Blood Urea Nitrogen (BUN)

What is Blood Urea Nitrogen (BUN) ? BUN is a laboratory test that measures the amount of nitrogen in the blood that comes from urea. Urea is a waste product produced by the liver during protein metabolism. Protein metabolism produces ammonia, which is eventually converted to the less toxic waste product, urea. Urea is released […]

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Glomerular Filtration Rate (GFR)

What is Glomerular Filtration Rate (GFR) ? GFR is the amount of blood filtered by the glomeruli per minute (mL/min). It is the best overall indicator of kidney function. It measures how effective the kidneys filter wastes from the blood. The glomeruli are tufts of blood capillaries in the kidneys that allow water, small dissolved […]

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Catalase Test

What is Catalase ? Catalase is an enzyme produced by microorganisms that live in oxygen-filled environments to protect themselves from the oxidative damage of hydrogen peroxide (H2O2). Hydrogen peroxide is a by-product of cellular respiration in microorganisms that utilize oxygen. Catalase hydrolyzes hydrogen peroxide into water and oxygen, which are nontoxic. Image 1: The reaction […]

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Rheumatoid Factor (RF) Test : Principle, Procedure, Interpretation and Clinical Significance

Rheumatoid Factors (RF) are autoantibodies that react with individuals own immunoglobulin. These antibodies are usually directed against the Fc fragment of the human IgG. RF have been associated with three major immunoglobulin classes: IgM, IgG, and IgA. Of these IgM and IgG are the most common. The formation of immune complex in the joint space […]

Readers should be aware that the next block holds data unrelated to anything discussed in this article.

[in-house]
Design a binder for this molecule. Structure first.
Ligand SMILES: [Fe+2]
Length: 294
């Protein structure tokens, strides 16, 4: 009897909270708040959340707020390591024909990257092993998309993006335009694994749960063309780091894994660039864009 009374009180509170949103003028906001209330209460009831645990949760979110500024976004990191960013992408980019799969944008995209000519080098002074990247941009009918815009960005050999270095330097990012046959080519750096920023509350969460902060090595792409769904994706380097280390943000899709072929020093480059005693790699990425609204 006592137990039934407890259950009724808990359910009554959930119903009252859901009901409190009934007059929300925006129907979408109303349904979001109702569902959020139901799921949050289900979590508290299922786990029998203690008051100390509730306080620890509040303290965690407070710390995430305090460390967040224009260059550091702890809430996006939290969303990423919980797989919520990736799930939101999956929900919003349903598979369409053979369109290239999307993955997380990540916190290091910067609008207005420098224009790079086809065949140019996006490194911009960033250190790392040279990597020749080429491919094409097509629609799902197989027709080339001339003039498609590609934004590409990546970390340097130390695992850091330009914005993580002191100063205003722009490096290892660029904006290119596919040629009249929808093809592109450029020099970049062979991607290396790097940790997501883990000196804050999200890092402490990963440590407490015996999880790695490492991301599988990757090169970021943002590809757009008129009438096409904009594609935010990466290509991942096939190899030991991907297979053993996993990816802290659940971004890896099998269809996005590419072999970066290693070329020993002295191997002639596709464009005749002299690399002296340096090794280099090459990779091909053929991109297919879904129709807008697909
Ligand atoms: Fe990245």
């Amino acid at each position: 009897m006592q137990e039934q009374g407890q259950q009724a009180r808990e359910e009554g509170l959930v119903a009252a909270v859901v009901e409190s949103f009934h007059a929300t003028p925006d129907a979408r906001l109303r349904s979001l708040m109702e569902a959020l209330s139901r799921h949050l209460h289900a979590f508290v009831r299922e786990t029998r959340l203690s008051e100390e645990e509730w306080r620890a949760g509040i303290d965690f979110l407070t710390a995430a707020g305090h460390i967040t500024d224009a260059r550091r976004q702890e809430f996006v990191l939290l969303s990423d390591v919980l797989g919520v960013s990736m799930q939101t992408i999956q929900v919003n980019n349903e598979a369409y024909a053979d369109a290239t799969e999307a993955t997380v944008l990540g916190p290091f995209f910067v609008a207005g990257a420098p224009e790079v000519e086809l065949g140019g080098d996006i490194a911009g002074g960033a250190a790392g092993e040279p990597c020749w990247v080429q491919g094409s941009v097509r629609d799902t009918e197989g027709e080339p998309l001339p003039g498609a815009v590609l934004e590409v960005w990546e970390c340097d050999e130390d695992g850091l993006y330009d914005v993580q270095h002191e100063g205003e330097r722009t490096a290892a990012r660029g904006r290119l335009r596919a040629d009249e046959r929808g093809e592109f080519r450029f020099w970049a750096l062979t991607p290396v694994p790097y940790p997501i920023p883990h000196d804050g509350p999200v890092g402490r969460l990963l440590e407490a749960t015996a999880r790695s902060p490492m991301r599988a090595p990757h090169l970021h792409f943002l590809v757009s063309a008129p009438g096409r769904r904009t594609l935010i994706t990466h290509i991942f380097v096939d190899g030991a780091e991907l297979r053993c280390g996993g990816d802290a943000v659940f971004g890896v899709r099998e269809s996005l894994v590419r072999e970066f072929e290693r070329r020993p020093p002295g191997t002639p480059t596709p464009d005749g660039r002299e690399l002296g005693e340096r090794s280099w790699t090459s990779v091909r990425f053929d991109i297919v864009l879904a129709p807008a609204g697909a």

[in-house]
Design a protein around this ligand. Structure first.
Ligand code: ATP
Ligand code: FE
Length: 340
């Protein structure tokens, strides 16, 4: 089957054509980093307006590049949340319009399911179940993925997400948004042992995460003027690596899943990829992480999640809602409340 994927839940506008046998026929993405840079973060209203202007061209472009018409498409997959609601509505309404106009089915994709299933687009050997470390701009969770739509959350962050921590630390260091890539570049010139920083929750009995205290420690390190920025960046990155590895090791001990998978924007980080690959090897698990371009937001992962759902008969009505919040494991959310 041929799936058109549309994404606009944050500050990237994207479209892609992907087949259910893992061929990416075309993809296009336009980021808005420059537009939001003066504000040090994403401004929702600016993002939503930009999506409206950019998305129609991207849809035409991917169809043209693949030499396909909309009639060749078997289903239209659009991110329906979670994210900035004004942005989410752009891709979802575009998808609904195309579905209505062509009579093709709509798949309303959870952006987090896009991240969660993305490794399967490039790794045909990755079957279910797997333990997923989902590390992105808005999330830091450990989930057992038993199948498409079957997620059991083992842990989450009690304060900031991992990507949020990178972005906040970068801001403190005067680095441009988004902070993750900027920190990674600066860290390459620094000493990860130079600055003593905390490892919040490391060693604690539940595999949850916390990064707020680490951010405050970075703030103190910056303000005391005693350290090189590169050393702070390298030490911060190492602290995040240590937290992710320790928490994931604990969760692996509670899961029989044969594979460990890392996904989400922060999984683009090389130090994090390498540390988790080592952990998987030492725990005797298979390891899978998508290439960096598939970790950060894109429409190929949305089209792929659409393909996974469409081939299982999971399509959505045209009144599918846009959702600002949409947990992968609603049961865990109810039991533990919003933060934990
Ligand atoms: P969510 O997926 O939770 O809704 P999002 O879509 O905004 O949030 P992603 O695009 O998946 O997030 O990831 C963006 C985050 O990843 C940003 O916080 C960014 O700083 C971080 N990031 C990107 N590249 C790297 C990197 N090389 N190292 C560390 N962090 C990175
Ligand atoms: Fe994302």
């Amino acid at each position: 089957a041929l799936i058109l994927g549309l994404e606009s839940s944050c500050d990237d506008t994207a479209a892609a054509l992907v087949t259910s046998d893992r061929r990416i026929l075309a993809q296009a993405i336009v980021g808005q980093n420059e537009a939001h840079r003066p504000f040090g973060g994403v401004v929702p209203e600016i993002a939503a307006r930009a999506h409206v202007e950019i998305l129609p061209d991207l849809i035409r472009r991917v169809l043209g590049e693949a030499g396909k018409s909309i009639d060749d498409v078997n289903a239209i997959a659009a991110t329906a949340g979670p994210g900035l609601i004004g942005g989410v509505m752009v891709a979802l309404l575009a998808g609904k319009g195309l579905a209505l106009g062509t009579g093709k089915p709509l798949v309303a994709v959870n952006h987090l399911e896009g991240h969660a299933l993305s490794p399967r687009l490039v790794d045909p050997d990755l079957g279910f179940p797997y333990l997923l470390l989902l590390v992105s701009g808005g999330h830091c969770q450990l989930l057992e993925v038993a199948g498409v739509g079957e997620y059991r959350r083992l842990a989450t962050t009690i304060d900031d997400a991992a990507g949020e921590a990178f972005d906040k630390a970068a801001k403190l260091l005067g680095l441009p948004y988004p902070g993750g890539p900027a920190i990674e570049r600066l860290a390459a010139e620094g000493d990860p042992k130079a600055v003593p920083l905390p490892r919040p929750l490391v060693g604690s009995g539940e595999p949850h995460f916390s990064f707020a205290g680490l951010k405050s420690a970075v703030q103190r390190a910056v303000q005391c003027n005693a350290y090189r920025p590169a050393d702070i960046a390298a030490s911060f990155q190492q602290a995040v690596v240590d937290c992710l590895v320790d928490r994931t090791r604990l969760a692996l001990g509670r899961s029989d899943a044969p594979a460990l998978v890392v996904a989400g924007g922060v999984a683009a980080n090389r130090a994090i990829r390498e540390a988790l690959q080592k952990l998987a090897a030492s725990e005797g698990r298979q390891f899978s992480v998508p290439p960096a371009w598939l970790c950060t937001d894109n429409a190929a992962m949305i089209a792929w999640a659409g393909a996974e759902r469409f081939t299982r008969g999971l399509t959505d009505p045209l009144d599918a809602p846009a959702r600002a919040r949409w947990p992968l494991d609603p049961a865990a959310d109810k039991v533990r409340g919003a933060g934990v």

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Venereal Disease Research Laboratory (VDRL) Test : Principle, Procedure, Interpretation and Limitations

Syphilis is sexually transmitted (venereal) disease caused by spirochete Treponema pallidum. As the organism cannot be cultured in artificial media, the diagnosis of syphilis depends upon the correlation of clinical data either with the demonstration of microorganism in the lesion or serological testing. Serological procedures for syphilis include the following.: Treponemal tests: detect the antibodies […]

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Rapid Plasma Reagin (RPR) Test : Principle, Procedure, Interpretation and Limitations

Syphilis is sexually transmitted (venereal) disease caused by spirochete Treponema pallidum. As the organism cannot be cultured in artificial media, the diagnosis of syphilis depends upon the correlation of clinical data either with the demonstration of microorganism in the lesion or serological testing. Serological procedures for syphilis include the following.: Treponemal tests: detect the antibodies […]

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Differences Between Transudates and Exudates

The closed cavities of the body—namely, the pleural, pericardial, and peritoneal cavities—are each lined by two membranes, visceral membrane and parietal membrane. There is a small amount of fluid between the membranes that is an ultrafiltrate of plasma. When the production and reabsorption of the ultrafiltrate is not balanced, fluid may accumulate, resulting in effusion. […]

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Glucose Tolerance Test (GTT) : Principle, Procedure, Indications and Interpretation

The Glucose Tolerance Test (GTT) is the most sensitive test for detecting borderline diabetes mellitus. Glucose tolerance means ability of the body to utilize glucose in the circulation. It is indicated by the nature of blood glucose curve following the administration of glucose. Thus “glucose tolerance test” is a valuable diagnostic aid in the diagnosis […]

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Tests Affected by Hemolyzed, Lipemic and Icteric Samples And Their Mechanism

When a substance or process falsely alters the test results, it may lead to inappropriate further tests, incorrect diagnosis and treatments with potentially unfavourable outcomes for the patient. Interferences from hemolysis, lipemia and icterus are most frequently noted which alter the assay results. Hemolysis Hemolysis is the most common reason for sample rejaction by laboratories. […]

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Differences Between Amoebic Dysentery and Bacillary Dysentery

Dysentry is an infective disease of the large bowels characterized by frequent passing of blood and mucus with stool along with several abdominal cramps. Various microbial and chemical causes can result into dysentery in humans. Among the microbial aetiology are included both protozoa and bacteria. Dysentery caused by protozoa is called amoebic dysentery and dysentry […]

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